In Japan, the number of men and women choosing to marry later in life is on the increase and has reached a figure that can no longer be ignored. When it comes to the Japanese male demography, just why are so many choosing the single life? My Navi News asked 300 of its male readers the following question:

“Have you ever thought ‘Marriage isn’t for me’ or ‘I prefer the life of bachelorhood’?”

The results obtained were a little on the unexpected side:

Yes: 39.7%
No: 60.3%

The men who replied ‘yes’ were asked their reasons for snubbing a life of marital bliss. Their answers in full after the break.

  • Married men don’t look happy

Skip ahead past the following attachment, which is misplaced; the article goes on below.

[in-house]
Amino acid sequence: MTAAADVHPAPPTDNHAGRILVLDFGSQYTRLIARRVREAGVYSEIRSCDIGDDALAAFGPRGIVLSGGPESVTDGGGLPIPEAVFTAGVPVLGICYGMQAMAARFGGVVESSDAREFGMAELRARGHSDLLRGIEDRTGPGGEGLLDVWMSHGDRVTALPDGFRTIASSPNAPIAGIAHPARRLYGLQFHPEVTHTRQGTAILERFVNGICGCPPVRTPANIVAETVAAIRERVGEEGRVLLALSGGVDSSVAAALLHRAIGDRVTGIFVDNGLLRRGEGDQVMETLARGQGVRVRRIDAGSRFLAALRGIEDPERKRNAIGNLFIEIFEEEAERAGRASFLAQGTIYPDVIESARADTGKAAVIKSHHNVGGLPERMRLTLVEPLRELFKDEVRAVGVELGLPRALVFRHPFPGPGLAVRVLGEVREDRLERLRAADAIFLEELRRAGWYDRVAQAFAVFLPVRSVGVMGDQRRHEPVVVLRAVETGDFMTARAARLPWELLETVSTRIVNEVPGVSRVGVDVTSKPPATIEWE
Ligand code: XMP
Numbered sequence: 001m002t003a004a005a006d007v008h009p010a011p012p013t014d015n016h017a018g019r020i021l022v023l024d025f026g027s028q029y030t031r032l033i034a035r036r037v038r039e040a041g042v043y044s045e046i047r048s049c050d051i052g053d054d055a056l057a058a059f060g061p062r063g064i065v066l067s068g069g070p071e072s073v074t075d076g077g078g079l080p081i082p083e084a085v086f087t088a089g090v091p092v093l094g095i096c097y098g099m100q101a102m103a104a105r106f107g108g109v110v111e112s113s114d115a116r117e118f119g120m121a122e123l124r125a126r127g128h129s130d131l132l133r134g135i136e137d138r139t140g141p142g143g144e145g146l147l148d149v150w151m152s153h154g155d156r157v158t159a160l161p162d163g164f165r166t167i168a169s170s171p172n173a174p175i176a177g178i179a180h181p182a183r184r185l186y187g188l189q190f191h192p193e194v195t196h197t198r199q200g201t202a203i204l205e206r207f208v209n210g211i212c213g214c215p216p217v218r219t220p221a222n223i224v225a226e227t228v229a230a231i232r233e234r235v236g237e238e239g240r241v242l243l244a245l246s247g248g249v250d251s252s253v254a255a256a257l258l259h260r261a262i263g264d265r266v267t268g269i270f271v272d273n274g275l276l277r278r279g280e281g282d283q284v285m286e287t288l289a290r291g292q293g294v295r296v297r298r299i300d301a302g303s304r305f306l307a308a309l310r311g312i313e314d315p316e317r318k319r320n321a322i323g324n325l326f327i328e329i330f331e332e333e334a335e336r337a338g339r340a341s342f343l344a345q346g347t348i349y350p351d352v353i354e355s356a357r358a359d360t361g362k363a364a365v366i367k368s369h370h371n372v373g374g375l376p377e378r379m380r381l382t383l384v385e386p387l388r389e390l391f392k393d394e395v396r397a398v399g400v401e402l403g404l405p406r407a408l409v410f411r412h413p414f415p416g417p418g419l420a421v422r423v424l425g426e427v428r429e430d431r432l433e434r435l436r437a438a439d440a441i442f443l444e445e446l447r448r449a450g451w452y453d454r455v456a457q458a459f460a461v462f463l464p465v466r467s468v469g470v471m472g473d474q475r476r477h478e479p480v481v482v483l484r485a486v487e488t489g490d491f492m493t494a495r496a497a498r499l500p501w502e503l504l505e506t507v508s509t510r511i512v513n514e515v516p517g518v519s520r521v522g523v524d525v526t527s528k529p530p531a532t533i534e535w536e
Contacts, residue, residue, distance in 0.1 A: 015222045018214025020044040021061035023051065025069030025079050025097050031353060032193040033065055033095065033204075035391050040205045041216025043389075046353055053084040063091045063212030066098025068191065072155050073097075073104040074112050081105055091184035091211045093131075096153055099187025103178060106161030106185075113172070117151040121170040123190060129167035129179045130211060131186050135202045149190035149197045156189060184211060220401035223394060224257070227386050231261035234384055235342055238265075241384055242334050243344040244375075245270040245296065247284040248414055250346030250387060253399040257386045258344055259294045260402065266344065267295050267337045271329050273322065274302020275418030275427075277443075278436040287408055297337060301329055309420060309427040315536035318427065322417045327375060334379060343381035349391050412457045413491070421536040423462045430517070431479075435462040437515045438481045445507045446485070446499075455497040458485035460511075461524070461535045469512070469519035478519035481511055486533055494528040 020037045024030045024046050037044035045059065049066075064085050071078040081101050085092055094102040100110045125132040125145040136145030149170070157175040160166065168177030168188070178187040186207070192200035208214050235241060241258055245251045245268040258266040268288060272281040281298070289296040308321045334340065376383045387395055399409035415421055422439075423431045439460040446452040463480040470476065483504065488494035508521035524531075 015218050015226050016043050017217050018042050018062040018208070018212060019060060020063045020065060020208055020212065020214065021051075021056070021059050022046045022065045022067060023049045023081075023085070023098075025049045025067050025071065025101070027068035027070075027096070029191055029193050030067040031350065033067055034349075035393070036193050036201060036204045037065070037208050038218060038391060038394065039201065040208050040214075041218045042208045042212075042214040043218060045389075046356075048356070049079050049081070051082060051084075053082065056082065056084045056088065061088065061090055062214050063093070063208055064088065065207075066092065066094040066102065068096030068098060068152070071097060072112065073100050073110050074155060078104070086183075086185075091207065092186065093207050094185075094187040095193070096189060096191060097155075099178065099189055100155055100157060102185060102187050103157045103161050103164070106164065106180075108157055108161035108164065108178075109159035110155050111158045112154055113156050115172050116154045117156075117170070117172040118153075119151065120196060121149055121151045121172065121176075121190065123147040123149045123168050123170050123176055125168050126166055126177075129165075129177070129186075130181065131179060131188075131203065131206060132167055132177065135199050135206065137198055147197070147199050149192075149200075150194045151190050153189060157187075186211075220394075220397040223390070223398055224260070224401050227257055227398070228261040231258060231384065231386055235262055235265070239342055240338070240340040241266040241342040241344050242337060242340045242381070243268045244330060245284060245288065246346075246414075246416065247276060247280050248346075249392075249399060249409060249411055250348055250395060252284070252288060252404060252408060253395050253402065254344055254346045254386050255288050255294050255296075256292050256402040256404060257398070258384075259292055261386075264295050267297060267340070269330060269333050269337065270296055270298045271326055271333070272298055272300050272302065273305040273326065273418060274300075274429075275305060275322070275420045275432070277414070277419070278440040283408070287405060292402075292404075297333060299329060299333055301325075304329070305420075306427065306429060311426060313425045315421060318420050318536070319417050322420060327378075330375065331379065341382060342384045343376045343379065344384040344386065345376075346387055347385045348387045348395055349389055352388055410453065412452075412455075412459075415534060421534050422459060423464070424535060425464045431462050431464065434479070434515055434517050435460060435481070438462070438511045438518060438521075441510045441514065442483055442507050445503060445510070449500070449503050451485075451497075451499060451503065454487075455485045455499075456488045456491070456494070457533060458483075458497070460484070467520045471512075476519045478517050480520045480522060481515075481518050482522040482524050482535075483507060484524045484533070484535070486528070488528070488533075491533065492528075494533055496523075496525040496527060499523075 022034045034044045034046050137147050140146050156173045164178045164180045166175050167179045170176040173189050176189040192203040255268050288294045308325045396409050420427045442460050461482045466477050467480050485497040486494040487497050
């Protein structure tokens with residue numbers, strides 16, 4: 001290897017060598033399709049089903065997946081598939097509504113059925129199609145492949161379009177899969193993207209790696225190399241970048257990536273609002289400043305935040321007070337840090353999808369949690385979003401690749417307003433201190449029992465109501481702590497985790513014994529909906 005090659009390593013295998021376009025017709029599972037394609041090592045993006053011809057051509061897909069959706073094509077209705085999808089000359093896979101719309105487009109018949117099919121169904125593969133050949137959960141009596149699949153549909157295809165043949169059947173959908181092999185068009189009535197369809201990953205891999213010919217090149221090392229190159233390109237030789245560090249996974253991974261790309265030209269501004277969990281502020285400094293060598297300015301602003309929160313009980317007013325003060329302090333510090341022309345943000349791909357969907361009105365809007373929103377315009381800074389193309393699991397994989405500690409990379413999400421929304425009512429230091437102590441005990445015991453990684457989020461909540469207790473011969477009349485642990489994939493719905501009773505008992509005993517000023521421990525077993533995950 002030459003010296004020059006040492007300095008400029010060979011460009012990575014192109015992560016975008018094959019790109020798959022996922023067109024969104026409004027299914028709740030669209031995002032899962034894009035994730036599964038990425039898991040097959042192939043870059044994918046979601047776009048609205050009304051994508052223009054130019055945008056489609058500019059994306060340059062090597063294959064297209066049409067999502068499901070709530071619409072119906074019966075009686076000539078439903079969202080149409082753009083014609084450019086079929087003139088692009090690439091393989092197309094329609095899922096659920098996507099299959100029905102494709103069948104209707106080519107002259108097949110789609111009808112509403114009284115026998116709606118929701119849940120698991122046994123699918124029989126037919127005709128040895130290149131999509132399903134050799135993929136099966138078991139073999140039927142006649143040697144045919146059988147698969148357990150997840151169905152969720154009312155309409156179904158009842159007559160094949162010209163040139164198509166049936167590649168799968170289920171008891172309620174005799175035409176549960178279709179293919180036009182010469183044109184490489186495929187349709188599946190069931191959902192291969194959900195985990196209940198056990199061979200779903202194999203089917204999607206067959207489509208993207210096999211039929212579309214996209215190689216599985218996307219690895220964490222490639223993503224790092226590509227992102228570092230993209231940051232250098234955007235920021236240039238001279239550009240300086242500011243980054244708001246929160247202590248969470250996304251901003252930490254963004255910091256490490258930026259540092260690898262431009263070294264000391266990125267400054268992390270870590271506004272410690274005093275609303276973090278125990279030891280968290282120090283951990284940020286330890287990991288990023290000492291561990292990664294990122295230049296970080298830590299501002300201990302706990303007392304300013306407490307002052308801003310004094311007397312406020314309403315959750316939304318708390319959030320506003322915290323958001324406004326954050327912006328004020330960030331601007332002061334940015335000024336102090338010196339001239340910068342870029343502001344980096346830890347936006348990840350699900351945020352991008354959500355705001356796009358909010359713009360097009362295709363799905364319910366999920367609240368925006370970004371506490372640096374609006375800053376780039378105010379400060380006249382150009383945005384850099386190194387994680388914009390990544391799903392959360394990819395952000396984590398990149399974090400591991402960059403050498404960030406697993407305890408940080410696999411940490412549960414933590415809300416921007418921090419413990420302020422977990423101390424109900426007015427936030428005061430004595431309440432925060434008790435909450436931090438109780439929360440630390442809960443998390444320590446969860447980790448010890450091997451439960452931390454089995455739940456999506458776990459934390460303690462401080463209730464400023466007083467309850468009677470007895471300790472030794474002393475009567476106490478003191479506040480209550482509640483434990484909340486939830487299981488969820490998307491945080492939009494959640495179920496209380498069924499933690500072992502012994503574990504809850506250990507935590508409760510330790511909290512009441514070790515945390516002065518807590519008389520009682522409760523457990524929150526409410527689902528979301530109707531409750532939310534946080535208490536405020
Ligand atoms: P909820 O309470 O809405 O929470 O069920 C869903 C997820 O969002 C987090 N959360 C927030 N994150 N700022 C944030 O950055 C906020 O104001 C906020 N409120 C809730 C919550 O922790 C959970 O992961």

“When the boss grumbles about his family, it makes me think that I’m better off single.” (27, Technician)

“Just looking at my married friends and how day by day they become more and more emaciated makes me think that I’m lucky to be single.” (25, Creative Arts)

“Hearing about the cruel way that some wives treat their husbands turns me pale with fear.”(25, Creative Arts)

“To me, married men just don’t look happy, and the more time passes the more this look of unhappiness becomes apparent.” (36, Finance).

  • Not being able to spend your earnings freely:

“Handing over all of your earnings to the household and being given ‘pocket money’ by the wife leaves me muttering ‘You’ve got to be kidding!’ under my breath.” (28, Medical care, welfare-service).

“Rather than having your wallet squeezed of its last dime, spending your earnings as you please has got to be the more appealing option.” (24, Communications)

“All your hard earnings, in the blink of an eye, disappear into the oblivion that is the housekeeping!” (24, Medical care, welfare-service)